(Latin: large, big, thick)

engross (en GROHS) (verb), engrosses; engrossed; engrossing
1. To earn as a total income or profit before any deductions are made: Jim’s company was very pleased to have engrossed so much, which meant that even after taxes were paid, the employees could then have a pay raise!
2. To occupy wholly; to absorb completely, to take up all the attention of: Mary became so engrossed in her work that she did not hear the lunch bell.
3. To copy or to write in large, clear letters: Lynn’s father had bad eyesight, so, when she wrote him letters, she engrossed them for him so he could read them easily.

In order for the people to read the posters without difficulty from across a large room, Joan engrossed the words with larger alphabetical characters.
4. Etymology: from Latin ingrossare, "write large; in, "in" + grossus, "large".

Completely absorbed or occupied doing someing.
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engrossed (adjective), more engrossed, most engrossed
Relating to a total preoccupation in something other than what one is supposed to be doing: Mark's mother was so engrossed with her conversation on the phone that some of the items that she was cooking burned and were neither edible nor fit for consumption.
Completely preoccupied doing someing.
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engrossing (adjective), more engrossing, most engrossing
A reference to significant information regarding an activity or subject: The biology book explains the sequence of events in engrossing details about animals in her country.
engrossingly (adverb), more engrossingly, most engrossingly
1. Referring to engaging the complete attention of someone or others in some activity: The teacher was engrossingly striving to make sure that all of the students understood what he was talking about.
2. Relating to how something absorbs ones complete attention: The book Jane was reading was so engrossingly interesting and fascinating that she didn’t hear the phone when it was ringing!
engrossment (s) (noun), engrossments (pl)
The state or condition of being wholly occupied with something: Jill's supervisor gave her a project that involved an engrossment that took her full attention until it was completed and satisfied her boss.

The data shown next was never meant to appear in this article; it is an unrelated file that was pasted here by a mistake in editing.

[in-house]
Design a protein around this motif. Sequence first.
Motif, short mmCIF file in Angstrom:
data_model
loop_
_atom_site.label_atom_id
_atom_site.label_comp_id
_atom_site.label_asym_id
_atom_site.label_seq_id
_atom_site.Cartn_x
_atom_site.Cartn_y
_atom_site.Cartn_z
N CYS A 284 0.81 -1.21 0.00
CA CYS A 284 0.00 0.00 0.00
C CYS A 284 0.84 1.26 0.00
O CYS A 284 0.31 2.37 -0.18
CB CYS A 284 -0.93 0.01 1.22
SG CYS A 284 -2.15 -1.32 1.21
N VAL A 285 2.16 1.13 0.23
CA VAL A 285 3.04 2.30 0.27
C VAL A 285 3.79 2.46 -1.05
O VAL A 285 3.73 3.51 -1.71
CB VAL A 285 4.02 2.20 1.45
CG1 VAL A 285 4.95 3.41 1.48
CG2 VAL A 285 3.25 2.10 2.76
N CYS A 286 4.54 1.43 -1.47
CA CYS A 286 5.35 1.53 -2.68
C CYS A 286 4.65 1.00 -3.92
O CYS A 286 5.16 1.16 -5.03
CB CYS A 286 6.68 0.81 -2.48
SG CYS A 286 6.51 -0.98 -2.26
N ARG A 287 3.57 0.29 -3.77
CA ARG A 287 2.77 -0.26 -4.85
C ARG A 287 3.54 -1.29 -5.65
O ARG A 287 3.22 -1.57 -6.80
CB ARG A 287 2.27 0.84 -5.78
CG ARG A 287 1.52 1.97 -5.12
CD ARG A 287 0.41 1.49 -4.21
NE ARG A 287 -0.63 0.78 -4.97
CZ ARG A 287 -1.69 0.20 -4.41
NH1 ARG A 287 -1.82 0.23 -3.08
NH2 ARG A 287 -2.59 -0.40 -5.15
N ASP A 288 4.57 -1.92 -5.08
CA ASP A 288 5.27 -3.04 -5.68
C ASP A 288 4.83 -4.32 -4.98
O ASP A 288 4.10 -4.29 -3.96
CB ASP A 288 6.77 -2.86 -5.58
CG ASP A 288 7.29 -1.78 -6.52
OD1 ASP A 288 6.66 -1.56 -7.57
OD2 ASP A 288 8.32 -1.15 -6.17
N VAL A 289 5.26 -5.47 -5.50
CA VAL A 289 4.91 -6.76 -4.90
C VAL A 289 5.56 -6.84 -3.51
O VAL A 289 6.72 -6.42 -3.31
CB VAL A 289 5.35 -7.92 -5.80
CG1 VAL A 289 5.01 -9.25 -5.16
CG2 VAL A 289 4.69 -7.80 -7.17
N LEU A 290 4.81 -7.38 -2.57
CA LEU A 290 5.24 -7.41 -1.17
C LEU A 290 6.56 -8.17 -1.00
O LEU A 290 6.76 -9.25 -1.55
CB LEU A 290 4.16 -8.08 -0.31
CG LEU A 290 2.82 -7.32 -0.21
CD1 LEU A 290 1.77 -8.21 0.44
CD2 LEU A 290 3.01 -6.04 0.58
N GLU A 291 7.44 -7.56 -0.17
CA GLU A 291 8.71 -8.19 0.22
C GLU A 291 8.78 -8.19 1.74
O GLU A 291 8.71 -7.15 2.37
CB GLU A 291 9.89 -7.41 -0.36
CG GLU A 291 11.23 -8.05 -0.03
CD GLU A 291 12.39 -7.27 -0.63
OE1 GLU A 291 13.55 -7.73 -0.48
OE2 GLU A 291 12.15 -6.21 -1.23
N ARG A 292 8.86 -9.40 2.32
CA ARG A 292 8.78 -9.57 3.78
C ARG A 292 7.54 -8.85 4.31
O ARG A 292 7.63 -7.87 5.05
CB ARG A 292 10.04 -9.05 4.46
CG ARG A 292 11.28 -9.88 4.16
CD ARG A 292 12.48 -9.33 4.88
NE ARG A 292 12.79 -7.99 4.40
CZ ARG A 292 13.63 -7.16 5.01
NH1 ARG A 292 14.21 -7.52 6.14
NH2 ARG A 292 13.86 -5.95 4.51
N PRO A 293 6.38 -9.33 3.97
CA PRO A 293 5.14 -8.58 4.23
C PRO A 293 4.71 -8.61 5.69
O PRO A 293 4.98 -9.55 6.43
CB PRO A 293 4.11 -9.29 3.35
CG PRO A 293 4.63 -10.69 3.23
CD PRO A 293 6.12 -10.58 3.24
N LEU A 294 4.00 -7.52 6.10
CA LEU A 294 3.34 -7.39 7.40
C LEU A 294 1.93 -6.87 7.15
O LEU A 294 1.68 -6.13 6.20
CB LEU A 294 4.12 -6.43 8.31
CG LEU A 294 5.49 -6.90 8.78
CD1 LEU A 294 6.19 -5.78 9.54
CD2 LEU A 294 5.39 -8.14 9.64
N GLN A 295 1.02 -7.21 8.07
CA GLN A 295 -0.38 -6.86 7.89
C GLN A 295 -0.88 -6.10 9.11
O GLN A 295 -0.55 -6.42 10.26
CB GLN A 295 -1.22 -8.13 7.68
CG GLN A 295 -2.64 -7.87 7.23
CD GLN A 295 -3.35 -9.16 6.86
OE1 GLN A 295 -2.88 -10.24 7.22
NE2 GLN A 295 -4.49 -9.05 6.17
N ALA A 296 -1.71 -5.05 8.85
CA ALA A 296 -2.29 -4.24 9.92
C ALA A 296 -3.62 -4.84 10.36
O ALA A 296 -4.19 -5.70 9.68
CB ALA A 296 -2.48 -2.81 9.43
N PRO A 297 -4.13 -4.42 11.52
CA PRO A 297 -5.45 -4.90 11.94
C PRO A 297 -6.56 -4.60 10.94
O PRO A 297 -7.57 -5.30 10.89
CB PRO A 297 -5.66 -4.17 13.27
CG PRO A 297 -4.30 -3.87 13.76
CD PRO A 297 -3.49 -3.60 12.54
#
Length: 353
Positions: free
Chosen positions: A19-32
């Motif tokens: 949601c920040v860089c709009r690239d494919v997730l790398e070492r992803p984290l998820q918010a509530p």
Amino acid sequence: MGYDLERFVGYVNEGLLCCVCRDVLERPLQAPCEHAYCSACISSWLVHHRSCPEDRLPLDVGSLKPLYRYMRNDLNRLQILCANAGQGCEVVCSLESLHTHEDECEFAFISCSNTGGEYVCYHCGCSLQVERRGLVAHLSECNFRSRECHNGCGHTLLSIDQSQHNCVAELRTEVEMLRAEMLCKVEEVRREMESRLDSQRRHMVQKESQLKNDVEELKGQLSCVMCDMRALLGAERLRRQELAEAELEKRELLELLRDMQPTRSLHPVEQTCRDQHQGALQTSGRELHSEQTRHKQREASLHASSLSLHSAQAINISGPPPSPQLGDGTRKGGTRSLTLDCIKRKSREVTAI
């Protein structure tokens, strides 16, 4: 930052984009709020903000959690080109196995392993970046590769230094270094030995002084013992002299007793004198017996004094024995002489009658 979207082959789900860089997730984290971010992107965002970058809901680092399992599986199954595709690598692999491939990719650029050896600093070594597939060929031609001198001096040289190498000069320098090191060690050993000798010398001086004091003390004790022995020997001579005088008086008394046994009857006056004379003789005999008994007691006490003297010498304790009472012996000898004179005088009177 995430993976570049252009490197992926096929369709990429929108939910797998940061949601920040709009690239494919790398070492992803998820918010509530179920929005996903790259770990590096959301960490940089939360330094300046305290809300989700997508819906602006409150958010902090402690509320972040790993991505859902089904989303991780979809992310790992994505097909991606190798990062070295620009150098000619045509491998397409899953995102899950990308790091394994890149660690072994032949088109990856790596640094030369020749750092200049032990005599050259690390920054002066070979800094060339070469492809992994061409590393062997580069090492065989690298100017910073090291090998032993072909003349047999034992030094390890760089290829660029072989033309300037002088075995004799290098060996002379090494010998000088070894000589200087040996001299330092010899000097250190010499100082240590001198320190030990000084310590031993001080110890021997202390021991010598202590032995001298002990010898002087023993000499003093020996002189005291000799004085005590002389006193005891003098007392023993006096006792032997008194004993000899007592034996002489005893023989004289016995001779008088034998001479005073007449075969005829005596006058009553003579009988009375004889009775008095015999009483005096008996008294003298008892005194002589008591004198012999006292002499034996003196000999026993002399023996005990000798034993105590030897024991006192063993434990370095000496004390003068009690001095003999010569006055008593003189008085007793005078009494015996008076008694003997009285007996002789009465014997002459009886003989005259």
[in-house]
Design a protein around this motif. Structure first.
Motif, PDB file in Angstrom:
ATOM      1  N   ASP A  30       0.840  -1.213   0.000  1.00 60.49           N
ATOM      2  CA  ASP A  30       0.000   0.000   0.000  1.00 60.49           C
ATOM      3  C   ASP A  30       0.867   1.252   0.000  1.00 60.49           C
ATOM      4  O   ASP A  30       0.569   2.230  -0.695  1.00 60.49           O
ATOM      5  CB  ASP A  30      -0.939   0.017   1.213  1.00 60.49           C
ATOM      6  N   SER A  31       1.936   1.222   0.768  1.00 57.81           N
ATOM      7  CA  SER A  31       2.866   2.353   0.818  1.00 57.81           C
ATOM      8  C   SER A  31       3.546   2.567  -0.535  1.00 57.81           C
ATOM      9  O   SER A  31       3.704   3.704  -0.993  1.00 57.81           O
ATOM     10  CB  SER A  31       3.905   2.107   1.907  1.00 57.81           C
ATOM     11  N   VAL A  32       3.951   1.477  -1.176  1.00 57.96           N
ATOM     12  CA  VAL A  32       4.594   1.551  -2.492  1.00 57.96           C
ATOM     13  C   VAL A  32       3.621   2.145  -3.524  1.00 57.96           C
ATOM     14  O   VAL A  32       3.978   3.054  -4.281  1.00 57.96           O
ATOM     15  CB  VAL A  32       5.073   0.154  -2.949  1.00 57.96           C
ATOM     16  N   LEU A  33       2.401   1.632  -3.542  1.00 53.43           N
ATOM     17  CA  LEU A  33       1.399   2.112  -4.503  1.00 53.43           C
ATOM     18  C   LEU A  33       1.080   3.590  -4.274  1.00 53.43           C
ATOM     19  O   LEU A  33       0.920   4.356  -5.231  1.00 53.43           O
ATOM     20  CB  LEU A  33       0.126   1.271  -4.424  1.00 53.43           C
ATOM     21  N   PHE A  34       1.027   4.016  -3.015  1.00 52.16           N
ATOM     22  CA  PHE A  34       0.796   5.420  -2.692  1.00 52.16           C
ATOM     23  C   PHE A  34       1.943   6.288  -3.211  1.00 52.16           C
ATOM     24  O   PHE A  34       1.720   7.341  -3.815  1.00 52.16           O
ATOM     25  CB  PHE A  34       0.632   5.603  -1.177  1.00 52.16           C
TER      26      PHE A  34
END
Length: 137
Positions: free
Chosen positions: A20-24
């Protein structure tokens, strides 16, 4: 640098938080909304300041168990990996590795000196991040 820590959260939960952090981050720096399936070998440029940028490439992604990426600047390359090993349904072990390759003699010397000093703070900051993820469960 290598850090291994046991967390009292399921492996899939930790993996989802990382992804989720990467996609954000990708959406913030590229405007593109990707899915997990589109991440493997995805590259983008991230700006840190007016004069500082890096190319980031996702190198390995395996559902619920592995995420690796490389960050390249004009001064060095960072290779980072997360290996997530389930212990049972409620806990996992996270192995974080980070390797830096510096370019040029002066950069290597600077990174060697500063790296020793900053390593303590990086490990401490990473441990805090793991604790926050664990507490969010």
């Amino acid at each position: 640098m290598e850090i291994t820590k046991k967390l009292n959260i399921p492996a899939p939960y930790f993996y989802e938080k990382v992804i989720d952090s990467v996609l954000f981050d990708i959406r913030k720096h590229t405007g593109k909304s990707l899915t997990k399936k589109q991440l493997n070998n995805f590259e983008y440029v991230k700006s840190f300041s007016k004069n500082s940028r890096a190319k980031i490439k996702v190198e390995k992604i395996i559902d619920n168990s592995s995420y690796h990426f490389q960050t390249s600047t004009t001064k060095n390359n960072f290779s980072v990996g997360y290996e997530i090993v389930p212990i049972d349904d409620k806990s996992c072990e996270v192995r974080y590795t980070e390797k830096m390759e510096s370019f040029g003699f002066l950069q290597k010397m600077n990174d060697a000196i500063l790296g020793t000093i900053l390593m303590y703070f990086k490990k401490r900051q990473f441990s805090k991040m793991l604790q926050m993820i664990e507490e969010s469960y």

gross (s) (noun), grosses (pl)
1. Something that is visible for normal vision: Most objects that people deal with are grosses which are easily seen.
2. Consisting of large particles or components: The food that is eaten is just one example of the kinds of gross which people deal with on a daily basis.
gross (adjective), grosser; grossest
1. Pertaining to an amount exclusive of deductions; total; entire: The firm that Tom is working for has a gross profit of over a million dollars this year before any usual taxes or expenses are paid.
2. Unmitigated in any way; utter incompetence: Shirley's auto accident was caused by gross negligence because she was looking at her cell phone instead of being alert while driving on the highway.
3. Glaringly obvious: Choosing to go for a walk outside during the thunderstorm was a gross mistake.
4. Describing something as being crude; coarse; rude; or uncivil: Doug used such gross and outrageous language towards other students that he had to be sent to the principal’s office!
5. Offensive; disgusting: Jim's friend was speaking with gross statements which made Mike cringe.
6. Lacking sensitivity or discernment; uncultured: Jack needed to learn better table manners because his were still gross or unrefined.
7. Overweight; corpulent: Max told his physical therapist that he felt gross, being unattractively large and bloated, and that even his legs were flabby.
8. Abundant; profuse: There was such a gross amount of apples in the summer, that Joan and Jack made lots of apple jelly and juice which they could enjoy during the winter months.
9. Broad; general: Carol was presenting some gross outlines of a plan to her supervisor for his consideration.
Relating to being very wrong, a gross error.
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Go to this Word A Day Revisited Index
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gross (verb), grosses; grossed; grossing
To earn, to make a significant profit, to take in large quantities: Some popular films have been able to gross millions of dollars by having them shown in many movie theaters around the world!
gross anatomy (s) (noun), gross anatomies (pl)
The study of the structural organization of different parts of a body by means of dissection and with normal vision: Gross anatomy is also known as "macroscopic anatomy" which is the examination of a person's physical composition without the use of a microscope.

The process of gross anatomy is learning by using both invasive and noninvasive methods with the objective of obtaining information about the organs and organ systems of people and even of animals.

gross domestic product (GDP) (s) (noun), gross domestic products (pl)
The total value of goods and services produced by labor and property located in the United States: As long as the gross domestic product and the labor and property are located in the United States, the supplier (that is, the workers and, for property, the owners) may be either U.S. residents or residents of foreign countries.
gross motor skills (pl) (noun)
Bodily abilities pertaining to the interactions of large muscle groups: A person's gross motor skills include functions in balancing, running, throwing, and other normal physical activities.
gross national product (GNP) (s) (noun), gross national products (pl)
The total value of goods and services produced by a nation's economy before the deduction or depreciation charges and other allowances for capital consumption: The gross national product includes the total purchases of goods and services by private consumers and government, gross private domestic capital investment, and net monetary receipts from foreign trading.